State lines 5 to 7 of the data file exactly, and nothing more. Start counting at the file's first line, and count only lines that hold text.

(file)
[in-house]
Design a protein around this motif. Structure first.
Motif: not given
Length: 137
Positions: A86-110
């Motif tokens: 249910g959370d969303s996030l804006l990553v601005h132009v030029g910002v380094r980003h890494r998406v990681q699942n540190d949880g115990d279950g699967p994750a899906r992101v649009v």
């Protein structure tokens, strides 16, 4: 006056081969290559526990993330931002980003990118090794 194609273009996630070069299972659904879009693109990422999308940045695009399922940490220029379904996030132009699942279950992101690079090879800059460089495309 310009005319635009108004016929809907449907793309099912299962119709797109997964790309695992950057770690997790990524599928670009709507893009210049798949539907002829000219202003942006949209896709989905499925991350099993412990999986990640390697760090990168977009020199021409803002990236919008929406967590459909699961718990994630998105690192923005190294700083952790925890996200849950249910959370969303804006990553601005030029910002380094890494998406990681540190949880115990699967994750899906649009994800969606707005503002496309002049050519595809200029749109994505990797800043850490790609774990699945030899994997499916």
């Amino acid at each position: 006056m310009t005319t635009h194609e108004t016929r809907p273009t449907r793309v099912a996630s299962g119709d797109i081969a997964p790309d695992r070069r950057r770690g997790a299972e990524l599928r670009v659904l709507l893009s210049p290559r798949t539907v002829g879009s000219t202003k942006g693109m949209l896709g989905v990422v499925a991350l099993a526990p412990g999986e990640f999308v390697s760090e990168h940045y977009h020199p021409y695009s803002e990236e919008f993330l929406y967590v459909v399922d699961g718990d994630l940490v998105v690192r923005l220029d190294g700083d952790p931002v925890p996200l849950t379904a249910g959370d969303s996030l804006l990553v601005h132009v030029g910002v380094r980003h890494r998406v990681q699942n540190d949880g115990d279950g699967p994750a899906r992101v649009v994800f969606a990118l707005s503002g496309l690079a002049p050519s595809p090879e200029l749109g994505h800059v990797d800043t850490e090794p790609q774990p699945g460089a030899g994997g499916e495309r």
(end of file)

Positions: A86-110
């Motif tokens: 249910g959370d969303s996030l804006l990553v601005h132009v030029g910002v380094r980003h890494r998406v990681q699942n540190d949880g115990d279950g699967p994750a899906r992101v649009v």
């Protein structure tokens, strides 16, 4: 006056081969290559526990993330931002980003990118090794 194609273009996630070069299972659904879009693109990422999308940045695009399922940490220029379904996030132009699942279950992101690079090879800059460089495309 310009005319635009108004016929809907449907793309099912299962119709797109997964790309695992950057770690997790990524599928670009709507893009210049798949539907002829000219202003942006949209896709989905499925991350099993412990999986990640390697760090990168977009020199021409803002990236919008929406967590459909699961718990994630998105690192923005190294700083952790925890996200849950249910959370969303804006990553601005030029910002380094890494998406990681540190949880115990699967994750899906649009994800969606707005503002496309002049050519595809200029749109994505990797800043850490790609774990699945030899994997499916």